For my close reading assignment, I’ve decided to write about Emily Dickinson’s “Faith is a Fine Invention” and “The Brain is Wider Than the Sky.” Personally, I had a very tough time with the introductory paragraph and would love some input from my fellow peers:
For Emily Dickinson, faith was always a struggle. The clashing views between science and religion continuously ate at her throughout her life. She constantly strived to find the answers to the big questions in life, such as, “Does God exist?” or “What happens to us after we die?” Although Dickinson is known to this day for her continuous endeavors in her faith all her life, her works manage to perfectly portray her spiritual conflicts in her writing. Her poetry questions the limitations of God through scientific means, such as in “Faith is a Fine Invention,” where Dickinson compares faith to an invention, and also in “The Brain is Wider Than the Sky,” where she states that the human brain is comparative to God. Dickinson’s poetry, at its core, can then be said to be a testimony of the conflict between science and religion.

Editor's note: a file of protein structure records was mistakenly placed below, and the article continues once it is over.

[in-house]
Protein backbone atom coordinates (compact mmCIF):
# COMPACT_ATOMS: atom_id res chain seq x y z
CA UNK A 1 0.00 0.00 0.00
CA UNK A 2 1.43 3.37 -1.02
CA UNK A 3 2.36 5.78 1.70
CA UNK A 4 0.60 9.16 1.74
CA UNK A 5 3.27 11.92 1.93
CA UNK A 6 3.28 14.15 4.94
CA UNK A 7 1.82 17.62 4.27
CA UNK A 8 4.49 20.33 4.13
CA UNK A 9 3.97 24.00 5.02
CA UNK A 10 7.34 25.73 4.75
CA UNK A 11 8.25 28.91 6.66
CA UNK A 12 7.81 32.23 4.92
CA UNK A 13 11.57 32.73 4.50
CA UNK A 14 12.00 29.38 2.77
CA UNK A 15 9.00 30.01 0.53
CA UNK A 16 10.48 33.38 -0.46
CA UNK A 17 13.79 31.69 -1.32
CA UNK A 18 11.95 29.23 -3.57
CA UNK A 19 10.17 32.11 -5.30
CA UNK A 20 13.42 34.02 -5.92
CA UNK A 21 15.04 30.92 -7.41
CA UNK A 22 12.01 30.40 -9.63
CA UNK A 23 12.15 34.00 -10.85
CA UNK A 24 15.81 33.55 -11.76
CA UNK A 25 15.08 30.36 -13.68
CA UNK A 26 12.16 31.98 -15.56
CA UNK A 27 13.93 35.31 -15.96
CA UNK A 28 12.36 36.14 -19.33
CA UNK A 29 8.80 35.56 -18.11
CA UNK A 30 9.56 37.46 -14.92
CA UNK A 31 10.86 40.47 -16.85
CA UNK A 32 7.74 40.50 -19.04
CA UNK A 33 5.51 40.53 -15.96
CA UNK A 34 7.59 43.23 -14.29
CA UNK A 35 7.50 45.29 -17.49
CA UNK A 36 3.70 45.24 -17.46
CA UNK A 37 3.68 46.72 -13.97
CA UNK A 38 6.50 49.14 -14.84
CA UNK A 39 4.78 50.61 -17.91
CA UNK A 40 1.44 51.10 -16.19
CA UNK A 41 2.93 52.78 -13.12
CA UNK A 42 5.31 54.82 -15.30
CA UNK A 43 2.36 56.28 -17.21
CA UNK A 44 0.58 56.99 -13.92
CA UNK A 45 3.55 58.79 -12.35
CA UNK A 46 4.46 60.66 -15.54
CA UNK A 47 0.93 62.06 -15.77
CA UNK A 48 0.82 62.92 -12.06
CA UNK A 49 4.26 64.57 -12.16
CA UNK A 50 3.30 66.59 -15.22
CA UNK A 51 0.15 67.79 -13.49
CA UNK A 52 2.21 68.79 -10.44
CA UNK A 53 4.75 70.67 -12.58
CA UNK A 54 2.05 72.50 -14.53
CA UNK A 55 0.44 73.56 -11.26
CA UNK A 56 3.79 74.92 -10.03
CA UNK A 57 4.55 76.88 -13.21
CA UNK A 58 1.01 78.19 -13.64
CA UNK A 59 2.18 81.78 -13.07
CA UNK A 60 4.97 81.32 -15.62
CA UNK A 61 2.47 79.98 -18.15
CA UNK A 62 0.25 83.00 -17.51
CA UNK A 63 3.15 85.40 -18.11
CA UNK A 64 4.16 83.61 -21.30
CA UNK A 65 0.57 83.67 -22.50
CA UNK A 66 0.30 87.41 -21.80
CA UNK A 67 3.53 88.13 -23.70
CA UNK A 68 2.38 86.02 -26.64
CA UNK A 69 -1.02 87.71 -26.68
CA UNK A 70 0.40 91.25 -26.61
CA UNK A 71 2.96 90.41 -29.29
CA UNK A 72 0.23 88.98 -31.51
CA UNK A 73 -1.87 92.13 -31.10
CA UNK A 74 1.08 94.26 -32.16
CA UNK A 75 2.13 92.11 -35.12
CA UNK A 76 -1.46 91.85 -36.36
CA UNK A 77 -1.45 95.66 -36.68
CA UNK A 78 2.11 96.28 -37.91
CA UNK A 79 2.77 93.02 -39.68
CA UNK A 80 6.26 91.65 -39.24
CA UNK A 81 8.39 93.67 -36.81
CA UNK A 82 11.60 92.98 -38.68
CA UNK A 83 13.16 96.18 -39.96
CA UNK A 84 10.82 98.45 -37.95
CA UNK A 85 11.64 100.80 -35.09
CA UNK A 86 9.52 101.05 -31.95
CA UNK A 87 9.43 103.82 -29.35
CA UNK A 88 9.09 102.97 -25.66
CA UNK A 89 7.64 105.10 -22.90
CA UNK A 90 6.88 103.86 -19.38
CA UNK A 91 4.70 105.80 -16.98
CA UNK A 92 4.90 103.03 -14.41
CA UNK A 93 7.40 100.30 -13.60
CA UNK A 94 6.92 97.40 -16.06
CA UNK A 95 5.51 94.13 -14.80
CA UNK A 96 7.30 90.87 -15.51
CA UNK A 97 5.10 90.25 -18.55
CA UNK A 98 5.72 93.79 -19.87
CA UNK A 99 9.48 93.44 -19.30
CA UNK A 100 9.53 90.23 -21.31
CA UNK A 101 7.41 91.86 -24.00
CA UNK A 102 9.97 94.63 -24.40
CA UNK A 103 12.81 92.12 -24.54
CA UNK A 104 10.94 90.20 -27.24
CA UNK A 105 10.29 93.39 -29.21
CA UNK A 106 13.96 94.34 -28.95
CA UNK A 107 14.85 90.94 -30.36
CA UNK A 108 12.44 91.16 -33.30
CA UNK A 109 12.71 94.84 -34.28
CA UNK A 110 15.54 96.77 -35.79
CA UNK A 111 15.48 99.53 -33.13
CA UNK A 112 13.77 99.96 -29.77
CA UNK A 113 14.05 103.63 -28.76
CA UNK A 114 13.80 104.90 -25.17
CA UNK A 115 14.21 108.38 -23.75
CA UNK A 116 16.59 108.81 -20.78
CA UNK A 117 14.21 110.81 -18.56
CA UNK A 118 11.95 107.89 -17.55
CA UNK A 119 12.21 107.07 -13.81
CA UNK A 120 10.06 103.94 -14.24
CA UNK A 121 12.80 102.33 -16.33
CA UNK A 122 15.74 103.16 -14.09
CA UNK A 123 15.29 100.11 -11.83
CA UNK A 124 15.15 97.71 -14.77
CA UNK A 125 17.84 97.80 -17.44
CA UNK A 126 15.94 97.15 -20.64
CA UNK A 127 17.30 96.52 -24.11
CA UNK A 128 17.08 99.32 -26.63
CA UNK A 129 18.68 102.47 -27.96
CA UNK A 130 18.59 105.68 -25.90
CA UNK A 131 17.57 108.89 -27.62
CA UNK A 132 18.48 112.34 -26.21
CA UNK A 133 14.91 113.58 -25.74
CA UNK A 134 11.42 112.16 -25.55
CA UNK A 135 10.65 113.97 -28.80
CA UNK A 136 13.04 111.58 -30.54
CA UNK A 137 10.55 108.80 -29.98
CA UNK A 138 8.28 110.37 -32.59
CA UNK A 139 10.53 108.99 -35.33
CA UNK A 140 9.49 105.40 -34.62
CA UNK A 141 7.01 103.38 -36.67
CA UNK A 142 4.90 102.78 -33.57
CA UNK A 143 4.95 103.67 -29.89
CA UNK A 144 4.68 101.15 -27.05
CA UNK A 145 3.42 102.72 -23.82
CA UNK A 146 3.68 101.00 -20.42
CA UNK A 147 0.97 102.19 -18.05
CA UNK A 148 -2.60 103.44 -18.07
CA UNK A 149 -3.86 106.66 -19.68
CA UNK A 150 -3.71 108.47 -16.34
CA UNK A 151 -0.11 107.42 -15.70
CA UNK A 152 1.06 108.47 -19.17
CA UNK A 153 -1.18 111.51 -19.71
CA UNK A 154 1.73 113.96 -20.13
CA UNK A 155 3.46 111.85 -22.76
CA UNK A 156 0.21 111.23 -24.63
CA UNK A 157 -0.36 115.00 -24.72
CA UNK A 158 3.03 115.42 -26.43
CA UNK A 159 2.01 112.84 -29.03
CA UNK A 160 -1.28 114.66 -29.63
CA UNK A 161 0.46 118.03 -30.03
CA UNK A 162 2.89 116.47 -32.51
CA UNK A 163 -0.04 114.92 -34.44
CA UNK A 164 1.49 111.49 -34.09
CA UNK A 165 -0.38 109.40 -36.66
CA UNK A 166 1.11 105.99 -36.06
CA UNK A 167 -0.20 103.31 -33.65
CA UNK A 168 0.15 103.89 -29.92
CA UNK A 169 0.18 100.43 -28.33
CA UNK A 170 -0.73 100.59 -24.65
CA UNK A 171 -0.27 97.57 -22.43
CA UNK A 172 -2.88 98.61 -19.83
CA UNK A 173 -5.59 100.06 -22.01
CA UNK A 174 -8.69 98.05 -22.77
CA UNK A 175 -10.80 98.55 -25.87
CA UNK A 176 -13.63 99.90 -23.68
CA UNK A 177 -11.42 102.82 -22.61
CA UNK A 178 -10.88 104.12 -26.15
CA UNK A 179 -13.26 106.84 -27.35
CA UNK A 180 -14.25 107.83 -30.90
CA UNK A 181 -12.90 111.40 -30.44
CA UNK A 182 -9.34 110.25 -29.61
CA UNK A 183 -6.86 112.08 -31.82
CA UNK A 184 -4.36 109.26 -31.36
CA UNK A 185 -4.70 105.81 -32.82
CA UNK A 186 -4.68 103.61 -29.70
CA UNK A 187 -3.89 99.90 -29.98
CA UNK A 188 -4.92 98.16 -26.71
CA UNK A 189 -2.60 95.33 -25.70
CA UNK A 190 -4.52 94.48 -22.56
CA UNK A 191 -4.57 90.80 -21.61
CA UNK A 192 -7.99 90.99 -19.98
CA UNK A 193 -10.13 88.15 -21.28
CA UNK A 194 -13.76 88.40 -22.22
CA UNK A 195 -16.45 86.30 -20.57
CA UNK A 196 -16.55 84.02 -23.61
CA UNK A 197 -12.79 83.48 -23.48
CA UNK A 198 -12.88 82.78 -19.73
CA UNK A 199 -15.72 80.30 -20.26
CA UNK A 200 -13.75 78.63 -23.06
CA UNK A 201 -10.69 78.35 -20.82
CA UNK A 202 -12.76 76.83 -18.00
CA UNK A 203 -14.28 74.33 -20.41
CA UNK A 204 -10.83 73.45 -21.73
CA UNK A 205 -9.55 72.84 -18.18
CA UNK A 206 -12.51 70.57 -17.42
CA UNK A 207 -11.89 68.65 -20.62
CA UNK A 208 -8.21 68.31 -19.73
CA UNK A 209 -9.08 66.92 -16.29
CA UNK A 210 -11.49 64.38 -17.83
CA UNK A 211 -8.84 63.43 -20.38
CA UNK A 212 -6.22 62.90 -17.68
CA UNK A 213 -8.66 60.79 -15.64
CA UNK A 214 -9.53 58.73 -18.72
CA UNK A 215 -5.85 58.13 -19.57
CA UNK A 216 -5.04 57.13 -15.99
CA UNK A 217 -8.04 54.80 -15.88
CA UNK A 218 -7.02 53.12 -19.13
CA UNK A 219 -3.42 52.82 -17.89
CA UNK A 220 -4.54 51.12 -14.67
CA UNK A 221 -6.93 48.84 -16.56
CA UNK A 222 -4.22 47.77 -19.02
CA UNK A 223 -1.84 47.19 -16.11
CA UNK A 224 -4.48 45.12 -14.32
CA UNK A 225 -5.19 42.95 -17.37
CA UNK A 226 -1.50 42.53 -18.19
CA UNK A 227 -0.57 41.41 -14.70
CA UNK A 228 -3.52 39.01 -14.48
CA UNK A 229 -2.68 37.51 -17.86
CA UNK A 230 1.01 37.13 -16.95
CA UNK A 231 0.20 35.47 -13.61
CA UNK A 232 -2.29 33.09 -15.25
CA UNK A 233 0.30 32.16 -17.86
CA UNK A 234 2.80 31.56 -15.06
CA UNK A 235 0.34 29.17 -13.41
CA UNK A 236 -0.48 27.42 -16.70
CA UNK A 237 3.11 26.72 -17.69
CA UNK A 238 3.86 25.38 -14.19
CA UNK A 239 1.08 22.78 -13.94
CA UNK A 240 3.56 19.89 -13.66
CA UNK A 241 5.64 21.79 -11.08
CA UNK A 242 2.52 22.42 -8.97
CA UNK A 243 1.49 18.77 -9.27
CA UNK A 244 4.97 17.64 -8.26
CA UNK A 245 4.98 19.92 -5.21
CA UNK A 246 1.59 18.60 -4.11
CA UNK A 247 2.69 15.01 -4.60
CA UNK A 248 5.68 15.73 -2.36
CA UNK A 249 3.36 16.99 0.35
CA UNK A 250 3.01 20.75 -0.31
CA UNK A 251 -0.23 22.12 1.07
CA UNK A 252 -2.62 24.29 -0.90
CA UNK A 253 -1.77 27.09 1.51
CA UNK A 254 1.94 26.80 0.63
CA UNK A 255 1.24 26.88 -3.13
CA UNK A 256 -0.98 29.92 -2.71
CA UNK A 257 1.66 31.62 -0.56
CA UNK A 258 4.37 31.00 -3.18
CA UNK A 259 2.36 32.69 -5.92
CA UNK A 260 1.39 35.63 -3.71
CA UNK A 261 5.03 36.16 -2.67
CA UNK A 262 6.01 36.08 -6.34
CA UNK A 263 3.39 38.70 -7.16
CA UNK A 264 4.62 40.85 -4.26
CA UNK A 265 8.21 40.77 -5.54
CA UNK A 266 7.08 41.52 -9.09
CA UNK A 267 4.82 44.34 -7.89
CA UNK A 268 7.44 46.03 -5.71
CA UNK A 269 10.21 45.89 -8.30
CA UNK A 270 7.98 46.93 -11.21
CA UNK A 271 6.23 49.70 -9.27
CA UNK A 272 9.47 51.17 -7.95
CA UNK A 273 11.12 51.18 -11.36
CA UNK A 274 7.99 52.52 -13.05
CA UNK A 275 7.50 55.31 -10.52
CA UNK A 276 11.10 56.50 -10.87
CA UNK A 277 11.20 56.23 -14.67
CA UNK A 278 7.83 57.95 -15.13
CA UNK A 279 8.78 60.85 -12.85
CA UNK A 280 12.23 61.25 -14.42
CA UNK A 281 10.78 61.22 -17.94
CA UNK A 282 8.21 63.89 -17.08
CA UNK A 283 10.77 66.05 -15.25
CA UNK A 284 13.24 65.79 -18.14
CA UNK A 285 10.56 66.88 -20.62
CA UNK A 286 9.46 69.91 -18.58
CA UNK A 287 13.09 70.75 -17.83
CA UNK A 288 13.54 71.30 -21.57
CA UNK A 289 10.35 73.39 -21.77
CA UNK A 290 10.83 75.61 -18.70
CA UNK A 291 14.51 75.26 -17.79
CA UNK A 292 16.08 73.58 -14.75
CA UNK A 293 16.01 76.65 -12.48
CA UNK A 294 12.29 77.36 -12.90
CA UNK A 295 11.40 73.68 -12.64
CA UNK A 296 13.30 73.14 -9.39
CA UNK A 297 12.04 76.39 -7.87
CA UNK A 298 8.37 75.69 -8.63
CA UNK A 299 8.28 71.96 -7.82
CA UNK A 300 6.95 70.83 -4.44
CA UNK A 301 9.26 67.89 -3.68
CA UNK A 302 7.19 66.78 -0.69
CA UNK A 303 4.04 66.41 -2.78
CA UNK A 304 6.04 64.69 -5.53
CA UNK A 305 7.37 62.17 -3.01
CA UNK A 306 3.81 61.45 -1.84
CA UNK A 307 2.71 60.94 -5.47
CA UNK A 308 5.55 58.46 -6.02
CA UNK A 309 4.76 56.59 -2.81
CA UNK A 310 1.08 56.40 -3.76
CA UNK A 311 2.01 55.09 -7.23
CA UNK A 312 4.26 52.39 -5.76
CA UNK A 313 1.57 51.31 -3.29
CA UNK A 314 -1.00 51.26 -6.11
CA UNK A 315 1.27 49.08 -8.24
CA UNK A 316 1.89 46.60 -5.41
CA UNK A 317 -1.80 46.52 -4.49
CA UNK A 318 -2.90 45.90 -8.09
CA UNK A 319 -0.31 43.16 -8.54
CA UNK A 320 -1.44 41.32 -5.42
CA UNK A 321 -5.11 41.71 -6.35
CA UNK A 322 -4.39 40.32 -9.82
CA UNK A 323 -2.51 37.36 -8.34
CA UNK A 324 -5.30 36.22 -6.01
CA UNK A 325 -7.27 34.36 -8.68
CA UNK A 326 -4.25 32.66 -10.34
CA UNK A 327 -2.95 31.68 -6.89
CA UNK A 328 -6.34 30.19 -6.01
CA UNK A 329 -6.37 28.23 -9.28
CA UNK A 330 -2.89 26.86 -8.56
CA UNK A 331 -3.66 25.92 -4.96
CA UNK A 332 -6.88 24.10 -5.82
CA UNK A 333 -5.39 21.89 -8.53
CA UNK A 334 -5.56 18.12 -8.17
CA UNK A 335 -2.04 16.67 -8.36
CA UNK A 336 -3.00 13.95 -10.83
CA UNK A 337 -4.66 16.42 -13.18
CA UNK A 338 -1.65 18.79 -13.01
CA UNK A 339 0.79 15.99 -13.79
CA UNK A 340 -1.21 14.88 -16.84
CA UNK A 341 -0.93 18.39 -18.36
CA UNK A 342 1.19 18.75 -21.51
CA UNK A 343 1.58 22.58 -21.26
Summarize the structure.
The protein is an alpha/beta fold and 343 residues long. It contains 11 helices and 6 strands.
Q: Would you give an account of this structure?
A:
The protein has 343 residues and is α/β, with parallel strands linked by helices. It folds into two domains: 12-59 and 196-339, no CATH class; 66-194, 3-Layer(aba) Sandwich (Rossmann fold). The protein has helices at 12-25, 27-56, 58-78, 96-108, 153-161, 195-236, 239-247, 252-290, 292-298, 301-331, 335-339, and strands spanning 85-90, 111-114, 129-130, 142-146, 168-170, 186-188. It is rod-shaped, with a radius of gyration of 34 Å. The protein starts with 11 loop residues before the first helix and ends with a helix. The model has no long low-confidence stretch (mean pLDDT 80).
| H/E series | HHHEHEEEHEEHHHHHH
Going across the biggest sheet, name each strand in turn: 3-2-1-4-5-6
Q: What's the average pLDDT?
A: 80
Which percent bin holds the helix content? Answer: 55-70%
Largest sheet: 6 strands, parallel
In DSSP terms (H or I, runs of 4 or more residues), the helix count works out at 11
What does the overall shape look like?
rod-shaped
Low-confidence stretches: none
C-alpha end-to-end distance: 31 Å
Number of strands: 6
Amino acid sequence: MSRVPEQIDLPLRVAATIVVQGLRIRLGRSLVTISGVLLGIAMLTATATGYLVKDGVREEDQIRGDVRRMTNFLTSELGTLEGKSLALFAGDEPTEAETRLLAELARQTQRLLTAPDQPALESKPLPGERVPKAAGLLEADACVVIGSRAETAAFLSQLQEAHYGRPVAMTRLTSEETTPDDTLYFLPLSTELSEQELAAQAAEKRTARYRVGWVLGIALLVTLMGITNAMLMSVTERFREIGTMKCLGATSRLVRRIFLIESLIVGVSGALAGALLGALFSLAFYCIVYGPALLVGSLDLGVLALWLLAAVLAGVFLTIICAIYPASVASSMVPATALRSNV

Any input would be highly appreciated!